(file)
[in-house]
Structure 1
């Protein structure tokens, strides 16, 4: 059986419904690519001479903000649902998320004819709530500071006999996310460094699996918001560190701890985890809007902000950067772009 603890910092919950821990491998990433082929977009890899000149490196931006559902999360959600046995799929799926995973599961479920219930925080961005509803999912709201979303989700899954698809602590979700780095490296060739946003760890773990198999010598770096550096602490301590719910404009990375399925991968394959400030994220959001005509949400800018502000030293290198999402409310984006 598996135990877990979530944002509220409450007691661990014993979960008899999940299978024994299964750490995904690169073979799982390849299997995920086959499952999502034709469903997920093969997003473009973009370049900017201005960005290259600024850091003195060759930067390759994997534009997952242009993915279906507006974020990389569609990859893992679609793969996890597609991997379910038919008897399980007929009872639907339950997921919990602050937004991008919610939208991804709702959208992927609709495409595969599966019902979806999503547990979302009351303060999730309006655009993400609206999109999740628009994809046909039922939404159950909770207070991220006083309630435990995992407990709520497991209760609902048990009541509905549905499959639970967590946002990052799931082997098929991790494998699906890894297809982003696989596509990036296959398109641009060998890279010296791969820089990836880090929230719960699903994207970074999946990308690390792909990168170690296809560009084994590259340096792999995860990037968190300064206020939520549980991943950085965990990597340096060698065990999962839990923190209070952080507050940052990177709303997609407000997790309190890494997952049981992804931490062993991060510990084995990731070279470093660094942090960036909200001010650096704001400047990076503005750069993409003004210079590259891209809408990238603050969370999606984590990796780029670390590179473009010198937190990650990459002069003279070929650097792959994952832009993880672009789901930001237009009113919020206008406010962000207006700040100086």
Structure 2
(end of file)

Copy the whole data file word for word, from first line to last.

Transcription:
[in-house]
Structure 1
């Protein structure tokens, strides 16, 4: 059986419904690519001479903000649902998320004819709530500071006999996310460094699996918001560190701890985890809007902000950067772009 603890910092919950821990491998990433082929977009890899000149490196931006559902999360959600046995799929799926995973599961479920219930925080961005509803999912709201979303989700899954698809602590979700780095490296060739946003760890773990198999010598770096550096602490301590719910404009990375399925991968394959400030994220959001005509949400800018502000030293290198999402409310984006 598996135990877990979530944002509220409450007691661990014993979960008899999940299978024994299964750490995904690169073979799982390849299997995920086959499952999502034709469903997920093969997003473009973009370049900017201005960005290259600024850091003195060759930067390759994997534009997952242009993915279906507006974020990389569609990859893992679609793969996890597609991997379910038919008897399980007929009872639907339950997921919990602050937004991008919610939208991804709702959208992927609709495409595969599966019902979806999503547990979302009351303060999730309006655009993400609206999109999740628009994809046909039922939404159950909770207070991220006083309630435990995992407990709520497991209760609902048990009541509905549905499959639970967590946002990052799931082997098929991790494998699906890894297809982003696989596509990036296959398109641009060998890279010296791969820089990836880090929230719960699903994207970074999946990308690390792909990168170690296809560009084994590259340096792999995860990037968190300064206020939520549980991943950085965990990597340096060698065990999962839990923190209070952080507050940052990177709303997609407000997790309190890494997952049981992804931490062993991060510990084995990731070279470093660094942090960036909200001010650096704001400047990076503005750069993409003004210079590259891209809408990238603050969370999606984590990796780029670390590179473009010198937190990650990459002069003279070929650097792959994952832009993880672009789901930001237009009113919020206008406010962000207006700040100086």
Structure 2